My second goal, and this is where I really hope to distinguish myself from other Internet comic book columns, is to interview fans. That's right. You heard me. Fans. "But why would I want to read an interview with some fanboy geek?" you ask. Good question. And the answer is: because some of 'em are just as interesting as the creators, if not moreso. Based on my experience posting on various message boards, I've come across comic fans who work in the movie biz, magazine publishing and who are trying to become comics professionals themselves. The industry wouldn't be what it is, for better or worse, without the fans, and I'd like to spotlight some of these very interesting and opinionated people (and I mean that in a good way). And if people actually read this column, I may get up the nerve to ask a comics creator or two for an interview, but from their perspective as a fan. I will also be interviewing folks who do enjoy reading comics, yet somehow lack any burning desire to go to the comic shop and buy them on a regular basis. This could help shed some light as to what the industry could do to better capture their attention and to keep them as regular readers.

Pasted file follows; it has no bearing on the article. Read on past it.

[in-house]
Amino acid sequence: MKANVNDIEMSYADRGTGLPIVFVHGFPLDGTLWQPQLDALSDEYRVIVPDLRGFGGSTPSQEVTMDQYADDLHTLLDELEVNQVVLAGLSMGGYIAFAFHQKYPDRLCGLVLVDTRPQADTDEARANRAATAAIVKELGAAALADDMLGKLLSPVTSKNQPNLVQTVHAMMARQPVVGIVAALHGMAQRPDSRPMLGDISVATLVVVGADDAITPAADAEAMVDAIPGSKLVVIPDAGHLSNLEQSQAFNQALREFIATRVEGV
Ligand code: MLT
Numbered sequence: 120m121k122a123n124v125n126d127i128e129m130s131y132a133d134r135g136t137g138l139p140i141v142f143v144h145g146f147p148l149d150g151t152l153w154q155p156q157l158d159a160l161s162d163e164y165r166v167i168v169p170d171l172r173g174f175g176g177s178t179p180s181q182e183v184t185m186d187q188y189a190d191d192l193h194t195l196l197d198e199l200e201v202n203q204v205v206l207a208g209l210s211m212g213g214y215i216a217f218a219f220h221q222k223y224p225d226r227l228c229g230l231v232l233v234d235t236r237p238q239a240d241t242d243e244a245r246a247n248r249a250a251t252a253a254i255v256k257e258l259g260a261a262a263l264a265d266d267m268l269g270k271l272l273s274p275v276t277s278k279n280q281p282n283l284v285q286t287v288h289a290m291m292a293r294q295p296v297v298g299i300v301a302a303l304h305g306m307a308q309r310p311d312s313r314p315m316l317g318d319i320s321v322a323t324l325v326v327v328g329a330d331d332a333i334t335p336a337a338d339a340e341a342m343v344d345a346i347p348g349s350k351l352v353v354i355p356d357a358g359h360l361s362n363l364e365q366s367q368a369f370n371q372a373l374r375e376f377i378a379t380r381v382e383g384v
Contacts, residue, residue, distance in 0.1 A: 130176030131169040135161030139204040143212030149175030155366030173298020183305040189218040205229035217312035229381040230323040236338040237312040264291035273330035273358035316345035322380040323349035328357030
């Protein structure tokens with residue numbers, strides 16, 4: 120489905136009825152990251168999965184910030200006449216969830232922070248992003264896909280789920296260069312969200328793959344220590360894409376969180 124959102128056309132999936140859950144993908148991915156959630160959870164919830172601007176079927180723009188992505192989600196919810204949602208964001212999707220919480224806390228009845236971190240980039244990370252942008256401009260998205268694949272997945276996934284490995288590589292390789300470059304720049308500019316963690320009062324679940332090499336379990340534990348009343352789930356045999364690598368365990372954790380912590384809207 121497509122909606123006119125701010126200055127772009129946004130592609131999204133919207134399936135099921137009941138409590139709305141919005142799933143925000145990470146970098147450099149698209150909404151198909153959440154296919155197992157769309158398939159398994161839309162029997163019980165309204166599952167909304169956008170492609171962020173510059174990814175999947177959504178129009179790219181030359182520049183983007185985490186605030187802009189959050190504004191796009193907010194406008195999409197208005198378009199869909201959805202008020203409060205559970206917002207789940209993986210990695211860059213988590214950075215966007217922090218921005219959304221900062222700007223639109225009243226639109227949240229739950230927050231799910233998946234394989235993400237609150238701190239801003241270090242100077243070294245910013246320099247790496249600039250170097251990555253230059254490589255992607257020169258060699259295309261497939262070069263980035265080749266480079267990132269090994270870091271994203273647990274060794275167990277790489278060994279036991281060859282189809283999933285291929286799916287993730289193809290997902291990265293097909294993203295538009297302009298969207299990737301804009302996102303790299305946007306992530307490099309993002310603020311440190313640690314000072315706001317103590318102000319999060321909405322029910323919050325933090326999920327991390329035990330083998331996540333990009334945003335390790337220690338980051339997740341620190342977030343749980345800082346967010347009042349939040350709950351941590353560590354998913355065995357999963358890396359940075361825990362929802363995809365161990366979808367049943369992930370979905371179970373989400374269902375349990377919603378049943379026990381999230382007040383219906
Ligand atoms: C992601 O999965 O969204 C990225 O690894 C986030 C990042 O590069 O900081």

What this column won't be about is negativity. No rants, just raves. While I may spotlight a series or graphic novel that I think deserves exposure and wider recognition, I won't be critiquing the writing and art. I freely admit to knowing nothing about either. I just know what I enjoy, what evokes a positive emotional reaction in me, and what doesn't. The industry has enough negativity from within and without, and it doesn't need any bitterness and anger from me. That I will save for my family and friends.

WDIAM: Anything else you'd like to add so we can go home?

BW: Just that I hope to write a column that both fans and non-fans alike can enjoy, with as much intelligence as I can possibly fake. I hope that people read my column and come away enjoying it and maybe think about something besides what they're going to eat for lunch that day. I also want it to be funny. That's it.

WDIAM: It looks like you'll need some work on that last part. But hey, thanks for joining us. Feel free to e-mail me at with any of your comments and insults. See you in two weeks!

BW: Who's this "us" you keep talking about? You're the only one in the room...

Copyright©2000 Barry Wolborsky